“The dolphins will forever have a place in my heart”: Interview with Jill Johnson, Associate Producer on The Sims 4: Island Living
Since its release five whole years ago, The Sims 4 has remained incredibly popular for both PC and console gamers alike. Earlier this year, we saw the release of the latest expansion, Island Living, which features a tropical island getaway complete with beach barbecues, umbrella drinks, and the usual Sims social shenanigans.
We got to chat a little bit to Jill Johnson, Associate Producer at Maxim, about why The Sims is still such an enduringly popular brand, what it’s like to work on it, and the challenges faced by her and her team. Island Living introduces a host of new features, interactions, furniture, gadgets and – interestingly – animals, to the Sims 4, some of which Johnson is incredibly proud of.
“The Dolphins will forever have a special place in my heart,” she explains. “Just having them as a feature in the game added a few extra warm fuzzies to most of our days at work. The idea of having dolphins in the game came about really early, almost as soon as we settled on a tropical theme. It just felt like such a natural part of the ‘island life’ fantasy that we wanted to live out. I don’t think any of us quite expected being able to play, talk and pet the dolphins in those early days of development. Just being able to see one in the world was exciting.”
Being able to achieve something of a career dream sounds incredible, but according to Johnson it was hard to believe the dream was coming true. “As we were having our tech checks and design reviews, in the back of my mind I was secretly thinking ‘Is this really happening? Did someone just say we’re making an animation for the dolphin to spit in your face?’ So dreamy. When all was said and done, that whole package of what the different disciplines did for the dolphin still just blows me away. The model is adorable, the animations are endearing, and the voice is possibly my favourite audio of my entire career in The Sims.”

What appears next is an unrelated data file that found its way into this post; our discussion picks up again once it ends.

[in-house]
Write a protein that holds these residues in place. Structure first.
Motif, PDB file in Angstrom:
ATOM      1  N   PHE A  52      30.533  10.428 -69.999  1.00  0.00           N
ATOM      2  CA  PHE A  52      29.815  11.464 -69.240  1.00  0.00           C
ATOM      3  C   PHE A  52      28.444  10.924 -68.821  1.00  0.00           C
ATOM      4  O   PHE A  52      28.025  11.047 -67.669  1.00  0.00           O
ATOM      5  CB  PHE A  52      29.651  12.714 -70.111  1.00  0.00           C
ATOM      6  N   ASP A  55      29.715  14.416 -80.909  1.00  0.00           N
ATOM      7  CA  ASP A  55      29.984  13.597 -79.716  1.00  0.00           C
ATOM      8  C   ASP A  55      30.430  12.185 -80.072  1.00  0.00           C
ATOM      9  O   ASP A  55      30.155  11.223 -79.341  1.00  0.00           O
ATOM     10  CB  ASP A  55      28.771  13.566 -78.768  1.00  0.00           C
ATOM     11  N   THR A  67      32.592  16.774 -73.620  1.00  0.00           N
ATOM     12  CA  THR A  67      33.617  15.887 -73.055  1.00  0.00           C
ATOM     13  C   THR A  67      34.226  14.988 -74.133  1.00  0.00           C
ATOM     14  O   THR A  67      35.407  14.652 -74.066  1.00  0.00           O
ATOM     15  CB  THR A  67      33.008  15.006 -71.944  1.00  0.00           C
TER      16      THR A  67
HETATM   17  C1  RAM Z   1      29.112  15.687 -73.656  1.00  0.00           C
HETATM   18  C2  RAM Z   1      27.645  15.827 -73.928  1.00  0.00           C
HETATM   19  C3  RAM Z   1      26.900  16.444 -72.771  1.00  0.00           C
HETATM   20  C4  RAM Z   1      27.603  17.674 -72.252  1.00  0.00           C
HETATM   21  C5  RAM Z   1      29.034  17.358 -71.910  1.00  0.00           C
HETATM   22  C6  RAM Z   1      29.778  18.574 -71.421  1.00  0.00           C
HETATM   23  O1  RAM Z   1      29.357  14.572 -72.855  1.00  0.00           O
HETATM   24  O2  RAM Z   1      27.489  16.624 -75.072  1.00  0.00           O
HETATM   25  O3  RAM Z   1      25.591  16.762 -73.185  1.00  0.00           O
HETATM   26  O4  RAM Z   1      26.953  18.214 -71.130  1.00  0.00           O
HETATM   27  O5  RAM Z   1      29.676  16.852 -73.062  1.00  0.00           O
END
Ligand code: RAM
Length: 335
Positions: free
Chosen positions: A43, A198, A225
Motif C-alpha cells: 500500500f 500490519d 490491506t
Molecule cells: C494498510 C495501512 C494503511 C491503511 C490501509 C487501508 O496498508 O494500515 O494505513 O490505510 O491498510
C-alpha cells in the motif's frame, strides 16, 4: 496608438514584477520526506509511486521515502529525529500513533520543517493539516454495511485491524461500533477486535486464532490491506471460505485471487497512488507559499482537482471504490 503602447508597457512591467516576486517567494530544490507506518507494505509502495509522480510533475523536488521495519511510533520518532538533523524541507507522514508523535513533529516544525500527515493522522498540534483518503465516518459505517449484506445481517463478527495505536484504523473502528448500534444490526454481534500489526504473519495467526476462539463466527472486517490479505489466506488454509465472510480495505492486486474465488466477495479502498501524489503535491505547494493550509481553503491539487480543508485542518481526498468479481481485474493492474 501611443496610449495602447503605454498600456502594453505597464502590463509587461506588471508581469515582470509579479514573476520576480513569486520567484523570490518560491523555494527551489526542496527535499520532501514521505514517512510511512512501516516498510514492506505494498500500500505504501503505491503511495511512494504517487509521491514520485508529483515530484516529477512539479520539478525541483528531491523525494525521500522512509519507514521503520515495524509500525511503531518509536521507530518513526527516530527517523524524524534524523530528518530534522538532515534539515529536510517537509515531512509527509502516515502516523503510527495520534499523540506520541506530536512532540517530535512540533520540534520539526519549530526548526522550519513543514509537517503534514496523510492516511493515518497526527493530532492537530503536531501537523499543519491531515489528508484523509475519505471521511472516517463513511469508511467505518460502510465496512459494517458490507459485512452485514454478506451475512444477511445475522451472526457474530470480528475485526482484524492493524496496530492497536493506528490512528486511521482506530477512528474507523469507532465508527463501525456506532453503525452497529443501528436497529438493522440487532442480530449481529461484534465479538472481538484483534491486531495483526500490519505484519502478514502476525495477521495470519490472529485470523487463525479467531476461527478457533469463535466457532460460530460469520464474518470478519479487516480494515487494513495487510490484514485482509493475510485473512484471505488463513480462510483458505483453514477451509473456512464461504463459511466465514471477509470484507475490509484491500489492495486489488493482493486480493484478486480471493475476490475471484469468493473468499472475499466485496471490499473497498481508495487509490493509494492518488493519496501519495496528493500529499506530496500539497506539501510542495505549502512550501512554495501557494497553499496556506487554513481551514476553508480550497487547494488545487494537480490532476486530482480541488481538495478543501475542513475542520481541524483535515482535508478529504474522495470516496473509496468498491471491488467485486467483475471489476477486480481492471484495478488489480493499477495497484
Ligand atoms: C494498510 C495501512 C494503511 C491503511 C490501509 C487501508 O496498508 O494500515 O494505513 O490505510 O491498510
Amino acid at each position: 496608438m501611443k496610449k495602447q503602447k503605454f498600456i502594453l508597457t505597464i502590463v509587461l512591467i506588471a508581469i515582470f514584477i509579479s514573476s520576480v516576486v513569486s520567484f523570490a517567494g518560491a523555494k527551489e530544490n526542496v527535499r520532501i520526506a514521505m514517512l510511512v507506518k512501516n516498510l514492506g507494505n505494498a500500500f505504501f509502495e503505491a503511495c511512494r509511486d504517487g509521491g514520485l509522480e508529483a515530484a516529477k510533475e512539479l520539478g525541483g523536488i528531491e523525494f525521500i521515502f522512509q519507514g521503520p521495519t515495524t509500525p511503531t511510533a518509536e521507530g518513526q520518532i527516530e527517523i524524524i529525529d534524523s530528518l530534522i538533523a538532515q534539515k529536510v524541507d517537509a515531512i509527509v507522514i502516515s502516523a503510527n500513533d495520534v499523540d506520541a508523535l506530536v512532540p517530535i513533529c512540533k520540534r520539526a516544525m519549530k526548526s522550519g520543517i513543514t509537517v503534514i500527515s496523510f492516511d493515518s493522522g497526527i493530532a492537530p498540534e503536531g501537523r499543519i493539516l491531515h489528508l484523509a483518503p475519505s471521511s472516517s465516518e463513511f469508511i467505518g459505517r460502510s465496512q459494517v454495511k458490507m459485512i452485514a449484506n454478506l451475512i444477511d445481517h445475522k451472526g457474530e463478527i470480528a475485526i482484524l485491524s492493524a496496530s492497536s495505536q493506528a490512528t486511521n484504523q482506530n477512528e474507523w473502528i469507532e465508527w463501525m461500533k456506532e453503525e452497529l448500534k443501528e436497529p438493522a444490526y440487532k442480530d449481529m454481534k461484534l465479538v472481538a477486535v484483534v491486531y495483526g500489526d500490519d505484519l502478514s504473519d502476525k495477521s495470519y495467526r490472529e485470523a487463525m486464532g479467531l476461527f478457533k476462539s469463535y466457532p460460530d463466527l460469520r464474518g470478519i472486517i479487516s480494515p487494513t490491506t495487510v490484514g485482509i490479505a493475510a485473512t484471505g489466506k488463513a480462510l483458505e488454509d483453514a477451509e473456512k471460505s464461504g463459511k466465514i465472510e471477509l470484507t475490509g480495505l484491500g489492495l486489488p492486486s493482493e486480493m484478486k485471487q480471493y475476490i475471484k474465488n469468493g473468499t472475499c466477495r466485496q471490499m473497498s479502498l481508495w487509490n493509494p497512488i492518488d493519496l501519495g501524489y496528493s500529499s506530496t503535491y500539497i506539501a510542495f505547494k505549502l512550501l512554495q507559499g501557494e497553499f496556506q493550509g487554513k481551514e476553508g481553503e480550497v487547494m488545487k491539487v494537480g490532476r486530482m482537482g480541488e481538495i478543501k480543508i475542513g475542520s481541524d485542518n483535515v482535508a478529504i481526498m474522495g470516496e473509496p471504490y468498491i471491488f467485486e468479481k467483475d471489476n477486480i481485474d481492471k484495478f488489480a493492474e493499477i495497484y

Of course, working on something as intricate and popular as The Sims can’t be all sunshine and rainbows, and at times it produced its own challenges. “Working on Island Living was like the butterfly effect of game development,” Johnson admits. “The features were all so closely intertwined and reliant on each other, it was nuts! It seemed like every work-in-progress feature had an impact on every other work-in-progress feature and the slightest change in anything would have a cascading ripple effect.”
Indeed, the amount of extra calculations to consider sounds staggering. “In order to approximate the sizes of our neighborhoods, we first needed to sort out what was a comfortable wading distance and how deep or shallow an incline our animations could support for humans of all ages.” But not just humans, right? I mean, this is The Sims after all. “And mermaids,” Johnson clarifies. “Dogs too if you have The Sims 4 Cats and Dogs Expansion Pack. And small dogs. We needed to define how big our boats were going to be early on to make sure they had enough room to turn.”
If anything, it forced the team to come at the development of Island Living from a different angle. Says Johnson: “It’s almost like we needed to work backwards to make sure all the pieces were working together. In addition to that, we had to sort out how to support water lots, a brand new lot type and how they interplayed with Sims; new stilt foundations, boats, docking points – and don’t forget to make sure there’s a spot for the toddlers to splash! On top of that, we had the Island Event and Conservation layers to balance. I’m in absolute awe at how impressively our team collaborated to pull all these pieces together. This was definitely one for the books!”